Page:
We Are What We Are is an English reimagining of the Mexican film of the same (translated) name, “Somos lo que hay”. Directed by Jim Mickle and co-written by Mickle and Nick Damici, We Are What We Are takes a cannibal family, does some gender swapping with the original characters and places them in rural upstate New York. What follows is a dark and haunting story about escaping or embracing tradition. 


When Mrs. Parker passes away, the duties of the house fall to her eldest daughter Iris. These include the cooking and cleaning, but also the murder and preparation of sacrificial victims to feed a cannibalistic ritual dating back to the time of the settlers. Only the town’s local doctor suspects that there is something more than random about the disappearances that plague their town, especially given that one of the missing was his own daughter.  The doctor investigates their long-buried secret, while Iris’ sister Rose comes to hate their terrible ways and looks for a way out. What follows is twisted, disturbing, grotesquely funny.


The casting for the girls was superb and the writers were wise to rely so heavily on their skills at relaying emotion subtly. Julia Garner as Rose in particular deserves acclaim for her work here. The father character is little more than a “crazy religious backwoods-type”, but Bill Sage still managed to bring him to life. Keep an eye out for a nearly-unrecognizable Kelly McGillis, playing a great nosy neighbor. My favourite casting choice though was Michael Parks as the tragedy-struck doctor. The last thing I saw him in was Red State, and seeing him play the calm and logical man of science opposite a religious zealot was amusing and very well done.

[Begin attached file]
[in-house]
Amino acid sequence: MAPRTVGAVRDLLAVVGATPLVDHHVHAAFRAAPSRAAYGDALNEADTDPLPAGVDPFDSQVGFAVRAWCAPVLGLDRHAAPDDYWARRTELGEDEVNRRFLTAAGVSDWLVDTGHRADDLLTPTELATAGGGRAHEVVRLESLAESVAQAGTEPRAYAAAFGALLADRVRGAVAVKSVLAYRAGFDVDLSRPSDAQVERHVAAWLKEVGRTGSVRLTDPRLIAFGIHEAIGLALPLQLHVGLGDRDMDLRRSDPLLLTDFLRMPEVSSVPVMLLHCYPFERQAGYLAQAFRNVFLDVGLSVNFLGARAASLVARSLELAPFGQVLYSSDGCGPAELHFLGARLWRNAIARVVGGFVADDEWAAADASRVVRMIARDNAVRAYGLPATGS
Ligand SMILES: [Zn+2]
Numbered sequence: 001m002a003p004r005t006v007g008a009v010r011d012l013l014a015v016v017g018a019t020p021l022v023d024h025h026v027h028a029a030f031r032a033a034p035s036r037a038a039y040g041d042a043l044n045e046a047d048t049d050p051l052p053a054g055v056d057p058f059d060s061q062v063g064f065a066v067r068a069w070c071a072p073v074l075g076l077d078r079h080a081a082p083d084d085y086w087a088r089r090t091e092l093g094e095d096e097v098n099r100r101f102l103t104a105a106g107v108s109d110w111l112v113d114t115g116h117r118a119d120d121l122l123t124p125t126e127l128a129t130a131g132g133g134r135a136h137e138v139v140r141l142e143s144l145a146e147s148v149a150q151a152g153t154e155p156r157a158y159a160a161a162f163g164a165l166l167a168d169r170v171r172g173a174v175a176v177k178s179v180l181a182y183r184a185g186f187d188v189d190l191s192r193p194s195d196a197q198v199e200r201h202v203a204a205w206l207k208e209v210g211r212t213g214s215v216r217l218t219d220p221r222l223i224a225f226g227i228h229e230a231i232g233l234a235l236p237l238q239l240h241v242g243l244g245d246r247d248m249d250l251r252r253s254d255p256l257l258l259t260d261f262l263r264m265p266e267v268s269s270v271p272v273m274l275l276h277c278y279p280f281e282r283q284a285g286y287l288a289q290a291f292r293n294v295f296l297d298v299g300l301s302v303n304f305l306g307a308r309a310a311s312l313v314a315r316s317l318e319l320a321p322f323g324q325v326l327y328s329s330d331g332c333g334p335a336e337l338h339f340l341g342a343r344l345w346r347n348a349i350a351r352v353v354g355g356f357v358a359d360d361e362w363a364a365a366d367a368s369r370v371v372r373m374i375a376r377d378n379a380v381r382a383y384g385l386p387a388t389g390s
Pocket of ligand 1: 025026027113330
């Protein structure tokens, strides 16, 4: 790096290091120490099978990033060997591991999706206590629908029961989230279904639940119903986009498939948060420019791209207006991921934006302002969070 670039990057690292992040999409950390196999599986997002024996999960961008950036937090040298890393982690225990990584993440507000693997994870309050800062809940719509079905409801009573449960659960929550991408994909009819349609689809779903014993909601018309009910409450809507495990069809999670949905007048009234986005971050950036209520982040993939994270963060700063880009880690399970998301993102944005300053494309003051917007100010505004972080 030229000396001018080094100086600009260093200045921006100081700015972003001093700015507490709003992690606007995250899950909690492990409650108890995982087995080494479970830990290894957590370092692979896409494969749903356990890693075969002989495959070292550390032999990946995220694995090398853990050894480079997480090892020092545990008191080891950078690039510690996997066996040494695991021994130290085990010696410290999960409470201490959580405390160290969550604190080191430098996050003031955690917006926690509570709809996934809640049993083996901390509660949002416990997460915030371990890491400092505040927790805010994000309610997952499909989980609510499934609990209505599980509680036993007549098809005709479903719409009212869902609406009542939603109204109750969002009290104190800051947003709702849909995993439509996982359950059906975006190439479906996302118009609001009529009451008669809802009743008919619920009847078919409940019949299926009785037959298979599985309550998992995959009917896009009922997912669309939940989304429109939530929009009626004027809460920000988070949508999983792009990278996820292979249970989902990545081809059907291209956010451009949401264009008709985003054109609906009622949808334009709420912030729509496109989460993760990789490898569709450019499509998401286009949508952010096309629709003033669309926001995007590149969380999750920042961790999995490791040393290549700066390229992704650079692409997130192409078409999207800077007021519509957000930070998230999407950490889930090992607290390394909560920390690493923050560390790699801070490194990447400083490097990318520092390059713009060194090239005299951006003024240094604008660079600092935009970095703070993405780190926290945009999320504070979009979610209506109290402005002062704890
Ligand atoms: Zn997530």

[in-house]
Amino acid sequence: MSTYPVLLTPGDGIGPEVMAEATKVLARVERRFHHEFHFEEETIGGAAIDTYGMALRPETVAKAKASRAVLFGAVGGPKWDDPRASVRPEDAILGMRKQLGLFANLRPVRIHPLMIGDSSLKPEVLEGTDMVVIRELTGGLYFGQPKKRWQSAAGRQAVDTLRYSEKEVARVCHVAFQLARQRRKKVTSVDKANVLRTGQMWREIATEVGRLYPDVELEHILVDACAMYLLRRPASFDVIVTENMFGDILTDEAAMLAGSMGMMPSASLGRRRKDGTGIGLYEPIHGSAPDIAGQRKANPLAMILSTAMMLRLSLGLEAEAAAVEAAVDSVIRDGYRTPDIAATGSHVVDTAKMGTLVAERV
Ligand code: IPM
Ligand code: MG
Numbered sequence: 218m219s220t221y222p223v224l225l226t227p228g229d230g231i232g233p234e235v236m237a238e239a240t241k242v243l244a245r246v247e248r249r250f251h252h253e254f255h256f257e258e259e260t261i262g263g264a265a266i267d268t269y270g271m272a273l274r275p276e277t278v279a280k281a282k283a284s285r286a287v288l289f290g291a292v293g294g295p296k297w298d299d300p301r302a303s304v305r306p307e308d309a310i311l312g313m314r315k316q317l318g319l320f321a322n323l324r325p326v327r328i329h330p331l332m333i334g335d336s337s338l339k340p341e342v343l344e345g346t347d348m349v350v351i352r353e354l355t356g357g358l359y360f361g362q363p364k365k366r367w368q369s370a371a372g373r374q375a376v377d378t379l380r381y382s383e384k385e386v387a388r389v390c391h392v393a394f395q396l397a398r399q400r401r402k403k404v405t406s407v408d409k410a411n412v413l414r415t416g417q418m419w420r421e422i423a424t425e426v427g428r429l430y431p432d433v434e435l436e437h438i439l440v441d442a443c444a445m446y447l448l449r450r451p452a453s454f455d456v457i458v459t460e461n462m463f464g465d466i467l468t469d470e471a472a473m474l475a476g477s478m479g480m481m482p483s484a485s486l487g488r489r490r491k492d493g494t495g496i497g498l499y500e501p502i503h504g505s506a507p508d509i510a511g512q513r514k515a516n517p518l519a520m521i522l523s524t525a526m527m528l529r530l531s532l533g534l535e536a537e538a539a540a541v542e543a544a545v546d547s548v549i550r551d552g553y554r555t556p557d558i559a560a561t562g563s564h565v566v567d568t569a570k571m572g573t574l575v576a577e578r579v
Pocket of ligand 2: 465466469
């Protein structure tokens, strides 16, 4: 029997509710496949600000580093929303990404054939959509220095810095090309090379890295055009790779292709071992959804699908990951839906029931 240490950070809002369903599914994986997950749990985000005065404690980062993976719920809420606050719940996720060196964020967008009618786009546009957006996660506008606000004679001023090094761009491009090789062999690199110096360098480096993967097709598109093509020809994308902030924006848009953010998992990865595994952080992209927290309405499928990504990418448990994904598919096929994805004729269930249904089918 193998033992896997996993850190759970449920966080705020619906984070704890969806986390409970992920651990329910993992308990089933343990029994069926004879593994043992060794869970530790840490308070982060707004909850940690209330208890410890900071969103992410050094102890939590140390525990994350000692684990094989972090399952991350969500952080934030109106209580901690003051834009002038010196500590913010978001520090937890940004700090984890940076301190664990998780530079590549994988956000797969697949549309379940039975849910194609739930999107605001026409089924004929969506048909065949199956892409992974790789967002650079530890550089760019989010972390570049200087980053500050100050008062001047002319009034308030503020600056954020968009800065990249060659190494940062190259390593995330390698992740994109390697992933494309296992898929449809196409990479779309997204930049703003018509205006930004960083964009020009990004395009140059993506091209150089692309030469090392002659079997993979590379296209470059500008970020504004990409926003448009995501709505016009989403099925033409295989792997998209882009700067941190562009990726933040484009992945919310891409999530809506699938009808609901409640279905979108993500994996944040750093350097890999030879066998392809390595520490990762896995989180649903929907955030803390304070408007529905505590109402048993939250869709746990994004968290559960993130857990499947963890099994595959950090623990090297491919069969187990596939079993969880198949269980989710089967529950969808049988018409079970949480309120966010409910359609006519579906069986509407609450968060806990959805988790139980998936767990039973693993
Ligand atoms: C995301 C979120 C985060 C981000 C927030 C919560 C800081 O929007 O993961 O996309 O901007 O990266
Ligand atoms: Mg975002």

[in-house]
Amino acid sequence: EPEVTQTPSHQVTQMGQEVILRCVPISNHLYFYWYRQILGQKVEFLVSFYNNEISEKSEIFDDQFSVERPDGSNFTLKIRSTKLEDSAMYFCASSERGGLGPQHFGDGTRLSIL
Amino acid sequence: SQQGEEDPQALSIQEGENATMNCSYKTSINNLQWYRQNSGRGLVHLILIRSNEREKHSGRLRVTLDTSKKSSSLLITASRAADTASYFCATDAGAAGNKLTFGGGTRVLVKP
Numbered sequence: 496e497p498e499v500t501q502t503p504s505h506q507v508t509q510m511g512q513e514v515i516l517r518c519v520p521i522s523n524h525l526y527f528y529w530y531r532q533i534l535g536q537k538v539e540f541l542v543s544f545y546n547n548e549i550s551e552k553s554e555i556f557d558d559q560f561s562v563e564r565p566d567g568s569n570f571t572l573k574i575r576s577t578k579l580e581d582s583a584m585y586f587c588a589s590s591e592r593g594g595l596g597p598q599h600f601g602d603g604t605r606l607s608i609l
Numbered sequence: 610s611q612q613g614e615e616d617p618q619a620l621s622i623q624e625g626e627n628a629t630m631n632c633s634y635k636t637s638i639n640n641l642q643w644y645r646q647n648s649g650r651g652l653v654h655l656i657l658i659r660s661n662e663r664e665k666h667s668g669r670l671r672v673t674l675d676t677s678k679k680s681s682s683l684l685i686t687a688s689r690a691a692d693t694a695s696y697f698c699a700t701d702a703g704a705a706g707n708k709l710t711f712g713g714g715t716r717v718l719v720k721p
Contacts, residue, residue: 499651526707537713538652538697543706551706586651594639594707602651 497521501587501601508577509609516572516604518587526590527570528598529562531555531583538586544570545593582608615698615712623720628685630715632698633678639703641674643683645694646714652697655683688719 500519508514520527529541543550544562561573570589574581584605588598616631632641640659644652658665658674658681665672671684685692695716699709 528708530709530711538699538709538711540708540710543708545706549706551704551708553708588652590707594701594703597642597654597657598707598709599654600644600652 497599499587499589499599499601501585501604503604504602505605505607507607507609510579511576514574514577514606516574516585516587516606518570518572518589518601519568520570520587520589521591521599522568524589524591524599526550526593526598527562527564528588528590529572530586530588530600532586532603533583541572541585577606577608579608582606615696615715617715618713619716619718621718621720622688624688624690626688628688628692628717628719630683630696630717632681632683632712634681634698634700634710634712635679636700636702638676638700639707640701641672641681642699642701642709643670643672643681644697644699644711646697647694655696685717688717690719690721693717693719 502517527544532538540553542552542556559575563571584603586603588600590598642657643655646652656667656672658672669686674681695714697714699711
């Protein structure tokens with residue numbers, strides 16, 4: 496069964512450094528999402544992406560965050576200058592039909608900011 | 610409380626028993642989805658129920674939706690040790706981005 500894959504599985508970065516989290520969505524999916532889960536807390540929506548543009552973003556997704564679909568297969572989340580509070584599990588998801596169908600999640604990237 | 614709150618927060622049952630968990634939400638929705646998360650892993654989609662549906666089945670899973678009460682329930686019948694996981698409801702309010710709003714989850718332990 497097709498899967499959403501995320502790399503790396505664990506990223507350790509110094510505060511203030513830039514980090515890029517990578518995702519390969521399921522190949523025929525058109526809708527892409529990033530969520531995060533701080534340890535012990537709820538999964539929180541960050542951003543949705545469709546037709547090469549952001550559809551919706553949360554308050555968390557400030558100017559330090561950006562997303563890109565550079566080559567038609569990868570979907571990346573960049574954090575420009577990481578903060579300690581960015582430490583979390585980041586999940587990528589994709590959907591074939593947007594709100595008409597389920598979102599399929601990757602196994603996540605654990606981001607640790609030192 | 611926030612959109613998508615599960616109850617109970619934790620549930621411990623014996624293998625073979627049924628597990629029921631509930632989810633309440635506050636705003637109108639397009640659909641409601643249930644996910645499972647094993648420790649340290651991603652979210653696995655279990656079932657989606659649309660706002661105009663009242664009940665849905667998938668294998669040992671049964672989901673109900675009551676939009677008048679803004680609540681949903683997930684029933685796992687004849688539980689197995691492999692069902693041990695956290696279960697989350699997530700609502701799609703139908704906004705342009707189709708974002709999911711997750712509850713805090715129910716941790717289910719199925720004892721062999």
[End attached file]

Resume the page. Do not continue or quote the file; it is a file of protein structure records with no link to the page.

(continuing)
The film does a good job of avoiding most of the obvious horror tropes, until the ending. After all of the carefully built up tension and understated character action, it could have stood up as a very fine drama with horror elements, and do well with a wider audience. However the finale devolved into a squicky gorefest that was a disservice to all the groundwork laid. Apparently they’d gone through a number of potential endings, each more ridiculous than the last, before settling on what made it into the final cut. I personally think they should have kept looking for something else, to better honour the characters and story that they had worked so hard to develop. It has received some very divisive reviews at film festivals abroad, including a simultaneous standing ovation/sound booing.  I think We Are What We Are will get relegated to the horror section and disappear, and that is a shame as it is a very worthy film.


Read more Toronto After Dark Reviews, or visit their site.